What is Enterprise Architecture?
Enterprise Architecture (EA) identifies the business processes that execute or support an organization’s mission and defines how Information Technology (IT) assets directly enable those processes. The purpose of EA is to optimize and transform the often fragmented processes, information, application systems and technologies into an efficient and integrated environment supportive of the execution of business strategy.
To help execute business strategy and realize strategic goals, EA defines a desired target state view of an enterprise’s processes, information, application systems and technologies and an enterprise roadmap to progressively implement this target state through a series of projects.
Why do we need EA?
State agencieshave their respective missions. They execute their mission through a set of business processes and provide government services through various programs. To improve program outcomes and drive business forward, agencies establish goals and objectives through strategic planning. Clearly defined goals and objectives, in turn, establish the business outcomes the agencies want to achieve.
Government leaders know that efficient business processes, and effective management and use of IT to support them are necessary for achieving the desired business outcomes – to efficiently and effectively delivergovernment services. This requires a business-outcome-driven approach to first analyze and determine the necessary improvements to business processes and IT assets and then to determine where to invest to make sure every dollar invested in implementing changes to processes and/or IT assets provides the best possible return on investment in terms of the business outcomes. EA helps identify these necessary improvements and how to progressively implement those improvements by defining the desired target state and an enterprise roadmap. In defining the desired target state, EA leverages or creates best-practice-based solutions which contribute to building business and technical capabilities that can be reused and shared throughout the state government.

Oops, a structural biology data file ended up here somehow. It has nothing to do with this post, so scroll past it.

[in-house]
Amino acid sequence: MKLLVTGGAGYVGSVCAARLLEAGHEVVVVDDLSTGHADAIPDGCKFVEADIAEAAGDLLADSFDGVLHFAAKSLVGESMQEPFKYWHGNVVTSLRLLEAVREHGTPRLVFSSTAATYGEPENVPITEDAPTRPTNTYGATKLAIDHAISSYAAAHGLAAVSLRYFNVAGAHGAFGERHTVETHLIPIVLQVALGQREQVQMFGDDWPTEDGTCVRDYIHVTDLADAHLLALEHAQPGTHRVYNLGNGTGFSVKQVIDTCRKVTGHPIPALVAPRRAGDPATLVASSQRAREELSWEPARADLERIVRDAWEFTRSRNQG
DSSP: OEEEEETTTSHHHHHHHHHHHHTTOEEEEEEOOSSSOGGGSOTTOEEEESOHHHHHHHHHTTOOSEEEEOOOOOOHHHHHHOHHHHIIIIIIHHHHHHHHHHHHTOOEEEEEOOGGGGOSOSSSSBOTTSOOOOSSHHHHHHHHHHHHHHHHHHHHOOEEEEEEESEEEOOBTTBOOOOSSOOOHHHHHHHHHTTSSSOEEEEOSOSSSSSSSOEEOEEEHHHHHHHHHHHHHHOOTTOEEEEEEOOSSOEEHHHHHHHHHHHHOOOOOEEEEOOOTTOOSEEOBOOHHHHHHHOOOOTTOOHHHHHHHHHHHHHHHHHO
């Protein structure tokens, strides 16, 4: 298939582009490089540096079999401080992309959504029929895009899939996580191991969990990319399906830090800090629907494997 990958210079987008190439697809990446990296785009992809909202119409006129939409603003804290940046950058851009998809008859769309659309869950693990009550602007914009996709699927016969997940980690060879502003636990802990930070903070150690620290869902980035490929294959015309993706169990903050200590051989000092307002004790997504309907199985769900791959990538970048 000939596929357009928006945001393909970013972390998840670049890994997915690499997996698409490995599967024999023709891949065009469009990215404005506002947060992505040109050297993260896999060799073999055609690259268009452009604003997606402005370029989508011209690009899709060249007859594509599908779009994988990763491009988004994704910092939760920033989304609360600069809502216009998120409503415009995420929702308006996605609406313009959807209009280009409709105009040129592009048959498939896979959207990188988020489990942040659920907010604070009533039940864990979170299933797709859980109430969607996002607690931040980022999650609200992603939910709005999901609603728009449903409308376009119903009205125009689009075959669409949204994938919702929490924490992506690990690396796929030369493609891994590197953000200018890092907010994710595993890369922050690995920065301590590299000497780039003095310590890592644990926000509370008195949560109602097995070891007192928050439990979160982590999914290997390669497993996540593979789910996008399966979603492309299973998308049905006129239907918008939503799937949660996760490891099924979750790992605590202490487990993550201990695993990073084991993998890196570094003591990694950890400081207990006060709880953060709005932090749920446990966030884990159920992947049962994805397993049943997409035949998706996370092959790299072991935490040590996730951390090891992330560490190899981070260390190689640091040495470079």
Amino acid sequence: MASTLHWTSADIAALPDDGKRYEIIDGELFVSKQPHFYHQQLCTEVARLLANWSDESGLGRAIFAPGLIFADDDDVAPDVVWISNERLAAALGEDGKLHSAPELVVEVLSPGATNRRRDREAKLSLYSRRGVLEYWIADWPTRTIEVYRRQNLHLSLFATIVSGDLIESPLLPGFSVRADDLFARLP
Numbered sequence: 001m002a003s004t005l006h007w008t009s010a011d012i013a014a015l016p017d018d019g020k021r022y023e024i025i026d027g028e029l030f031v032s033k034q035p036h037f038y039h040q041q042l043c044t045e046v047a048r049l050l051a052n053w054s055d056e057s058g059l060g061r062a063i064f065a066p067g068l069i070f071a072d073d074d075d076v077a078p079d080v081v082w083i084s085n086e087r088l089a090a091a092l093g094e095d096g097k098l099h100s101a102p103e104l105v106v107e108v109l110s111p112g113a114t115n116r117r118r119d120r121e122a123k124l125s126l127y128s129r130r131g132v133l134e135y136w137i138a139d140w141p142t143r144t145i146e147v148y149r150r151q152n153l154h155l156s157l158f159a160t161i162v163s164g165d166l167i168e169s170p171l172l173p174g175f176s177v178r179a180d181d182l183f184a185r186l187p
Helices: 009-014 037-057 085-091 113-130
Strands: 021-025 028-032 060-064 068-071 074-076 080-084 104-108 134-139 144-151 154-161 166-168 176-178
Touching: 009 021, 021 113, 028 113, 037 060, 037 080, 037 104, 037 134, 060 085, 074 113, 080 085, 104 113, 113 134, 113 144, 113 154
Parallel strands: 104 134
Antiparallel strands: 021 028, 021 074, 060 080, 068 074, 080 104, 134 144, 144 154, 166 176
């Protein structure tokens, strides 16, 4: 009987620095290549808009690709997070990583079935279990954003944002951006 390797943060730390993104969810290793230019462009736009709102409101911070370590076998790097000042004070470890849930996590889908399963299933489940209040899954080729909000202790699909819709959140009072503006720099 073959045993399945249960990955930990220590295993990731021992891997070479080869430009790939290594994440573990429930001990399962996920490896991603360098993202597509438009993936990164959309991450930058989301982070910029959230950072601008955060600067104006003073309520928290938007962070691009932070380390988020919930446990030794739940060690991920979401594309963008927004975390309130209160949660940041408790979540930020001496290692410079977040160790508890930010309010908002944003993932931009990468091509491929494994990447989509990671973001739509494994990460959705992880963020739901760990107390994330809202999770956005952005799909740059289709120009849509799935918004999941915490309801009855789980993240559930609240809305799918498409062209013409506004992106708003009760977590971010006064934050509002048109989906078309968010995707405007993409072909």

The strategic context provided by EA through the desired target state architecture and enterprise roadmap is important to make sure individual projects build business and IT capabilities in support of the long-term business strategy – rather than just fulfill immediate needs. This is why EA is recognized as a key business and technology best practice and is needed to enable the achievement of business outcomes.
It should be noted that the state organizations that do not have a defined strategic plan, or have an extensive focus on ongoing projects due to their criticality, can also gain near-term benefits by adopting EA services to assist with business and IT strategies, and to provide solution architecture guidance and oversight to projects.
What are the benefits of EA?
When EA is effectively defined, implemented and followed, it can provide the following key benefits:
- Bridge the gap between business strategy and implementation: By defining the target business processes and IT assets required to satisfy the business objectives, and a roadmap for reaching that target, EA provides a clear vision to implement business strategy and helps reduce ad hoc implementations driven by a tactical and reactive approach.
- Improve alignment of IT with mission, goals, and objectives: By identifying how IT assets directly enable business processes and how those processes execute the organization’s mission, EA promotes IT solutions that are more pertinent and relevant for the business.
- Improve service delivery, business operations and business capabilities: Adoption of EA results in streamlining business processes and in making IT operations more efficient. EA processes help identify gaps in business capabilities (such as business analytics and case management) and provide a long-term vision to improve and/or acquire those capabilities.